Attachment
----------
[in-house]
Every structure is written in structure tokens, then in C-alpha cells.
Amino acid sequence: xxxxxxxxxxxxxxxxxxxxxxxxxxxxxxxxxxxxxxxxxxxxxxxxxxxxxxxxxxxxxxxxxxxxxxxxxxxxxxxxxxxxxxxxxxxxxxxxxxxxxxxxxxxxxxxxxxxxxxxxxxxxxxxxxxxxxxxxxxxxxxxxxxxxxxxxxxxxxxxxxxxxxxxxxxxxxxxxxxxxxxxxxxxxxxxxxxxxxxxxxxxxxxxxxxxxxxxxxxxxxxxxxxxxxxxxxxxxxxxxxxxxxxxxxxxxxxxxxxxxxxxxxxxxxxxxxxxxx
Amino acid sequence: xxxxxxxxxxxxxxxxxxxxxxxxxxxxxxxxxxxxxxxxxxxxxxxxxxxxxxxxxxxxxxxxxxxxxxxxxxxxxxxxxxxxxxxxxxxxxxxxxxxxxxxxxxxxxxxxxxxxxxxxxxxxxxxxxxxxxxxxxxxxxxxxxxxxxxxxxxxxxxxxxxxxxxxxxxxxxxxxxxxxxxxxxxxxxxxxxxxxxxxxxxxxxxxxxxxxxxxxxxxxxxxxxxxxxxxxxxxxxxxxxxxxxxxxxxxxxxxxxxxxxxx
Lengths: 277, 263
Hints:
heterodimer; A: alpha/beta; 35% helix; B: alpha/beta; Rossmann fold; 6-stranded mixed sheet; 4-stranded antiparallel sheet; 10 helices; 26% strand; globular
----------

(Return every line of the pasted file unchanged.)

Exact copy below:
[in-house]
Every structure is written in structure tokens, then in C-alpha cells.
Amino acid sequence: xxxxxxxxxxxxxxxxxxxxxxxxxxxxxxxxxxxxxxxxxxxxxxxxxxxxxxxxxxxxxxxxxxxxxxxxxxxxxxxxxxxxxxxxxxxxxxxxxxxxxxxxxxxxxxxxxxxxxxxxxxxxxxxxxxxxxxxxxxxxxxxxxxxxxxxxxxxxxxxxxxxxxxxxxxxxxxxxxxxxxxxxxxxxxxxxxxxxxxxxxxxxxxxxxxxxxxxxxxxxxxxxxxxxxxxxxxxxxxxxxxxxxxxxxxxxxxxxxxxxxxxxxxxxxxxxxxxxx
Amino acid sequence: xxxxxxxxxxxxxxxxxxxxxxxxxxxxxxxxxxxxxxxxxxxxxxxxxxxxxxxxxxxxxxxxxxxxxxxxxxxxxxxxxxxxxxxxxxxxxxxxxxxxxxxxxxxxxxxxxxxxxxxxxxxxxxxxxxxxxxxxxxxxxxxxxxxxxxxxxxxxxxxxxxxxxxxxxxxxxxxxxxxxxxxxxxxxxxxxxxxxxxxxxxxxxxxxxxxxxxxxxxxxxxxxxxxxxxxxxxxxxxxxxxxxxxxxxxxxxxxxxxxxxxx
Lengths: 277, 263
Hints:
heterodimer; A: alpha/beta; 35% helix; B: alpha/beta; Rossmann fold; 6-stranded mixed sheet; 4-stranded antiparallel sheet; 10 helices; 26% strand; globular